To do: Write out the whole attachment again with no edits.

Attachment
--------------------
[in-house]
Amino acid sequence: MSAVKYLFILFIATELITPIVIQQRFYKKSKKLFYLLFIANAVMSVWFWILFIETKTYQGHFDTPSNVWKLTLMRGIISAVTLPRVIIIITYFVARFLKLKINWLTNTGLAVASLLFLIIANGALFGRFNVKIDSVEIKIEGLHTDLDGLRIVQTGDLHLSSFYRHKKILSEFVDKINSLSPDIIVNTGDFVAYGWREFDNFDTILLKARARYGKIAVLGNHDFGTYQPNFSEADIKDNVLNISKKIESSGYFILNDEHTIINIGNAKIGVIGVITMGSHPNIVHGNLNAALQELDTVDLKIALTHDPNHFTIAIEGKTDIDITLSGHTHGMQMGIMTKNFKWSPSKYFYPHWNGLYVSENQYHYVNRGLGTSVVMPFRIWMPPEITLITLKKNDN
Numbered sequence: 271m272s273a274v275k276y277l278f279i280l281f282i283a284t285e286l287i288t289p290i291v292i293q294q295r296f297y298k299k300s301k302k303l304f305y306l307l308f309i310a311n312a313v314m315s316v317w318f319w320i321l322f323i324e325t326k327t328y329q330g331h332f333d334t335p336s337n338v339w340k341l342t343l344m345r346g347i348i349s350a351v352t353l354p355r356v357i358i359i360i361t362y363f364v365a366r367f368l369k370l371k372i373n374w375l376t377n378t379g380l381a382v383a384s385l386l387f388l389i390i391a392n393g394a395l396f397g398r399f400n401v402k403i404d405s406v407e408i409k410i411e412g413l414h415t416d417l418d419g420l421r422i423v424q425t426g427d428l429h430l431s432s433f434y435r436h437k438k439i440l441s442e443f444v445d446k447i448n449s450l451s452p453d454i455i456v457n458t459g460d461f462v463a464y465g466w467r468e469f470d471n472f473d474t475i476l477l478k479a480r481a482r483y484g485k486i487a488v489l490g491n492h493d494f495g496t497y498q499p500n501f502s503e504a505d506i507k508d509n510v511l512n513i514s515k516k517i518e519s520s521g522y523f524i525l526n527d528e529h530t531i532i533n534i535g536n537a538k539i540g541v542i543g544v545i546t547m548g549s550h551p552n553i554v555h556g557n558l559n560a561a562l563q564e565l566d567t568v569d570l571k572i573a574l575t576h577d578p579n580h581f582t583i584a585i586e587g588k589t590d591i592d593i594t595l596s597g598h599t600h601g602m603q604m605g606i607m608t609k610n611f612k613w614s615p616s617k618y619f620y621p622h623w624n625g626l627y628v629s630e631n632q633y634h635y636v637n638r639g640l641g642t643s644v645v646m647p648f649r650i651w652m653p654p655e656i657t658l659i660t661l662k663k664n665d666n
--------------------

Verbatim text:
[in-house]
Amino acid sequence: MSAVKYLFILFIATELITPIVIQQRFYKKSKKLFYLLFIANAVMSVWFWILFIETKTYQGHFDTPSNVWKLTLMRGIISAVTLPRVIIIITYFVARFLKLKINWLTNTGLAVASLLFLIIANGALFGRFNVKIDSVEIKIEGLHTDLDGLRIVQTGDLHLSSFYRHKKILSEFVDKINSLSPDIIVNTGDFVAYGWREFDNFDTILLKARARYGKIAVLGNHDFGTYQPNFSEADIKDNVLNISKKIESSGYFILNDEHTIINIGNAKIGVIGVITMGSHPNIVHGNLNAALQELDTVDLKIALTHDPNHFTIAIEGKTDIDITLSGHTHGMQMGIMTKNFKWSPSKYFYPHWNGLYVSENQYHYVNRGLGTSVVMPFRIWMPPEITLITLKKNDN
Numbered sequence: 271m272s273a274v275k276y277l278f279i280l281f282i283a284t285e286l287i288t289p290i291v292i293q294q295r296f297y298k299k300s301k302k303l304f305y306l307l308f309i310a311n312a313v314m315s316v317w318f319w320i321l322f323i324e325t326k327t328y329q330g331h332f333d334t335p336s337n338v339w340k341l342t343l344m345r346g347i348i349s350a351v352t353l354p355r356v357i358i359i360i361t362y363f364v365a366r367f368l369k370l371k372i373n374w375l376t377n378t379g380l381a382v383a384s385l386l387f388l389i390i391a392n393g394a395l396f397g398r399f400n401v402k403i404d405s406v407e408i409k410i411e412g413l414h415t416d417l418d419g420l421r422i423v424q425t426g427d428l429h430l431s432s433f434y435r436h437k438k439i440l441s442e443f444v445d446k447i448n449s450l451s452p453d454i455i456v457n458t459g460d461f462v463a464y465g466w467r468e469f470d471n472f473d474t475i476l477l478k479a480r481a482r483y484g485k486i487a488v489l490g491n492h493d494f495g496t497y498q499p500n501f502s503e504a505d506i507k508d509n510v511l512n513i514s515k516k517i518e519s520s521g522y523f524i525l526n527d528e529h530t531i532i533n534i535g536n537a538k539i540g541v542i543g544v545i546t547m548g549s550h551p552n553i554v555h556g557n558l559n560a561a562l563q564e565l566d567t568v569d570l571k572i573a574l575t576h577d578p579n580h581f582t583i584a585i586e587g588k589t590d591i592d593i594t595l596s597g598h599t600h601g602m603q604m605g606i607m608t609k610n611f612k613w614s615p616s617k618y619f620y621p622h623w624n625g626l627y628v629s630e631n632q633y634h635y636v637n638r639g640l641g642t643s644v645v646m647p648f649r650i651w652m653p654p655e656i657t658l659i660t661l662k663k664n665d666n